Antonia Malchik has written essays and articles for Aeon, The Atlantic, Orion, GOOD, High Country News, and a variety of other publications. Her first book, A Walking Life, about the past and future of walking’s role in our shared humanity, is published by Da Capo Press, a division of Hachette. She lives in northwest Montana.
Photo credit: Lindsey Jane Photography
When I was fourteen, my parents removed me from Montana, dropped me on the streets of Soviet Moscow and said, “Don’t get lost.” My nine-year-old sister and I explored our new country by following the scent of fresh-baked bread and searching for soft ice cream in soggy cones.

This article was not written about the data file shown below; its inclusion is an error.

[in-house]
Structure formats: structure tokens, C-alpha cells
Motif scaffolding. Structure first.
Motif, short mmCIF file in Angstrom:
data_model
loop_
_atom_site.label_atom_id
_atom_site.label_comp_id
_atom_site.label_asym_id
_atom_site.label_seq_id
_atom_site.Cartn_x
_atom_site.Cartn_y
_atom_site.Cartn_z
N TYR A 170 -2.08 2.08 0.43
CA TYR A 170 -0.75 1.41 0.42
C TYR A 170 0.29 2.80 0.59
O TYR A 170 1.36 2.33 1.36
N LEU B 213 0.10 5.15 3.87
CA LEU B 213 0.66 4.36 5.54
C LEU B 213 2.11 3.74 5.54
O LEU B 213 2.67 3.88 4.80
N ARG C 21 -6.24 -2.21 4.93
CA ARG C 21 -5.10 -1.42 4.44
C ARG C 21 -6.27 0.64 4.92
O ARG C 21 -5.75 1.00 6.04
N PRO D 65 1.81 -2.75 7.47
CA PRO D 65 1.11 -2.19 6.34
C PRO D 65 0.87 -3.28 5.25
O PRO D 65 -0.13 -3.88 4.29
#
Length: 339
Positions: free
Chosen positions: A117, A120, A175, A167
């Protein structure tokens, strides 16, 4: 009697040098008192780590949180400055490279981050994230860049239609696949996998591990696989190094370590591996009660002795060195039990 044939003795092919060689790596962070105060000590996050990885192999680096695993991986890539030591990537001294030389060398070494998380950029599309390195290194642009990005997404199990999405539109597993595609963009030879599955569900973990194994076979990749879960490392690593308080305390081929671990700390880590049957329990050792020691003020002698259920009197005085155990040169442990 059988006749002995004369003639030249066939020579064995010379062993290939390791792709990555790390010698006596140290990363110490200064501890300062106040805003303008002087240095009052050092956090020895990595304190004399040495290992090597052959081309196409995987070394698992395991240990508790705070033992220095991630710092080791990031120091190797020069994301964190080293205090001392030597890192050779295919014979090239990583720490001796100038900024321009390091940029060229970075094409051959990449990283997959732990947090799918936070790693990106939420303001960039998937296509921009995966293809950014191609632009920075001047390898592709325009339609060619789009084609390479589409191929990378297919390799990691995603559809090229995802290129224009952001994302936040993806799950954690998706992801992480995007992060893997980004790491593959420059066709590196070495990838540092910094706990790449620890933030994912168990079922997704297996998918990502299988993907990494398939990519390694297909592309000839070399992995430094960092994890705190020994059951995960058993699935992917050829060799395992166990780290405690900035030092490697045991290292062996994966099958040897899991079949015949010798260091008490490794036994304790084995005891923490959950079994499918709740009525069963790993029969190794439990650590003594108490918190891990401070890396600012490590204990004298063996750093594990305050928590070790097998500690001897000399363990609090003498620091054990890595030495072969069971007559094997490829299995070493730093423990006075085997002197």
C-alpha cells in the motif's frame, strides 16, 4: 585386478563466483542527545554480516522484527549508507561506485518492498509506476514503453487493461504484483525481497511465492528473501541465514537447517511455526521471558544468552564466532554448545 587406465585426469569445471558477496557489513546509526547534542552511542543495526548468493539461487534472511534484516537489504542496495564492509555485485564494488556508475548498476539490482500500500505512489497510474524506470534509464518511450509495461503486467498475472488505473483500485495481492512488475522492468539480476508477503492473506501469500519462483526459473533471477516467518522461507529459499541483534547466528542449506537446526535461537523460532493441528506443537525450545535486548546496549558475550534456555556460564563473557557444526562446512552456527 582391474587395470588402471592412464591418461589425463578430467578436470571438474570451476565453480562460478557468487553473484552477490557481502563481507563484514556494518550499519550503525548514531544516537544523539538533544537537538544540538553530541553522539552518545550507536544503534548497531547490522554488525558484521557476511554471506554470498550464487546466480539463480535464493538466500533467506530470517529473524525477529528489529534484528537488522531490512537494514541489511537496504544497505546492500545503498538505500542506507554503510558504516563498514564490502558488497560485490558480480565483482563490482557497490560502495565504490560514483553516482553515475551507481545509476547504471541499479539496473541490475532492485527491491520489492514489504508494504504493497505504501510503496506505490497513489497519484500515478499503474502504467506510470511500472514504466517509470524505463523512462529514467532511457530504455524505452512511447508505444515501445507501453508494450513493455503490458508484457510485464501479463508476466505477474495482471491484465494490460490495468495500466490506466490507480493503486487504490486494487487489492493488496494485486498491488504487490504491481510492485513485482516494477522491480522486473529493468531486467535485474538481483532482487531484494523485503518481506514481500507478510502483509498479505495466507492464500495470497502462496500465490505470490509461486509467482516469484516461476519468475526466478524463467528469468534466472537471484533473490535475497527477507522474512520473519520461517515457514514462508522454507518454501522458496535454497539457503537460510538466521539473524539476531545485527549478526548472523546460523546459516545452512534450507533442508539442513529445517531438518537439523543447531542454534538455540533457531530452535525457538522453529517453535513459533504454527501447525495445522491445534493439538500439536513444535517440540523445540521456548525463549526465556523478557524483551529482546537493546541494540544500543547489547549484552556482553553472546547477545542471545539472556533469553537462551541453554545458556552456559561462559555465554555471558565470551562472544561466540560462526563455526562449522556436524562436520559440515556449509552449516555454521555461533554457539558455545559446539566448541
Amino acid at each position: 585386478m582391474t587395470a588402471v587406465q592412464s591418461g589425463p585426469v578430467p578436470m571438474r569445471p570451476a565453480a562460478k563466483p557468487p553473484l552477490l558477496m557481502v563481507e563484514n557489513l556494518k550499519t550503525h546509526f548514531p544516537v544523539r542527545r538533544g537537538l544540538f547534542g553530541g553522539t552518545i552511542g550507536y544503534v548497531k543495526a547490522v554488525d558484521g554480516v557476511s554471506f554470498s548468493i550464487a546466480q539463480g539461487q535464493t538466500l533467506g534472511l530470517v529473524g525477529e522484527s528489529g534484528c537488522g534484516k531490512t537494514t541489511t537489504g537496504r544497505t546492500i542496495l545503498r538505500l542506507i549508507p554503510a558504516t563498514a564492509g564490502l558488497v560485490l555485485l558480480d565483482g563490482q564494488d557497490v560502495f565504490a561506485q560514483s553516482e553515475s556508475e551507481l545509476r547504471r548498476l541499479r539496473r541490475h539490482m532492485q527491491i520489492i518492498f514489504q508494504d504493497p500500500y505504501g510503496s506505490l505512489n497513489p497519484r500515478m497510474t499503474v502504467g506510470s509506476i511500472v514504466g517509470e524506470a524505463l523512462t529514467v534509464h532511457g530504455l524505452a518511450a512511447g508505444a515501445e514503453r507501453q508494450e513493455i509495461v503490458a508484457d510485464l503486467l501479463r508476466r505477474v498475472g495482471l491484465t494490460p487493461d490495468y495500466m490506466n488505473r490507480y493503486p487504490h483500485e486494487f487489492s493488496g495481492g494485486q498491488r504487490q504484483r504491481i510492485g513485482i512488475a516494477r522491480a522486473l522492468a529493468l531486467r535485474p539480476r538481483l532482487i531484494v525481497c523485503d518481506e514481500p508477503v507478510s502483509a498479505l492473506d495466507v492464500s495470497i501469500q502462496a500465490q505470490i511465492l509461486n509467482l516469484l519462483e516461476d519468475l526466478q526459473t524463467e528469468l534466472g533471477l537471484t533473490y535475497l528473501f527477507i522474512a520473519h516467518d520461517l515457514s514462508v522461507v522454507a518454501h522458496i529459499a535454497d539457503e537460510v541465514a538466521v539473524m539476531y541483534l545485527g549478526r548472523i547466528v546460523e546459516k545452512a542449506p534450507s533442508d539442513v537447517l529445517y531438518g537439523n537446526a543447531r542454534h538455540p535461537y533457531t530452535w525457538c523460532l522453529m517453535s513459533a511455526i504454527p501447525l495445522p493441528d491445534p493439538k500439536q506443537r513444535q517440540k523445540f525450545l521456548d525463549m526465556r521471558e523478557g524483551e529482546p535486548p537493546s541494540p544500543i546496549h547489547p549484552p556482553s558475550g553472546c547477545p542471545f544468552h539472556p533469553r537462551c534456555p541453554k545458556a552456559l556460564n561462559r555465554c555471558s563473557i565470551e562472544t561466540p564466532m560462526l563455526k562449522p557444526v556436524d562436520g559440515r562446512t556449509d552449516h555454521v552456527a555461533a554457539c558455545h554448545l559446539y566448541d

Since that first sojourn in the Soviet Union, I have worked as a church secretary in Vienna, an IT journalist in Australia, and a barista in Russia, and believe that getting lost is good for the soul as well as for the brain.
In addition to the work featured on this site, I spent four years (2006 – 2010) writing twice-weekly essays, book reviews, and blog entries related to travel and the travel writing world for the award-winning magazine Perceptive Travel, and before that worked as an on-staff business/IT journalist in Australia and a newspaper journalist in Austria.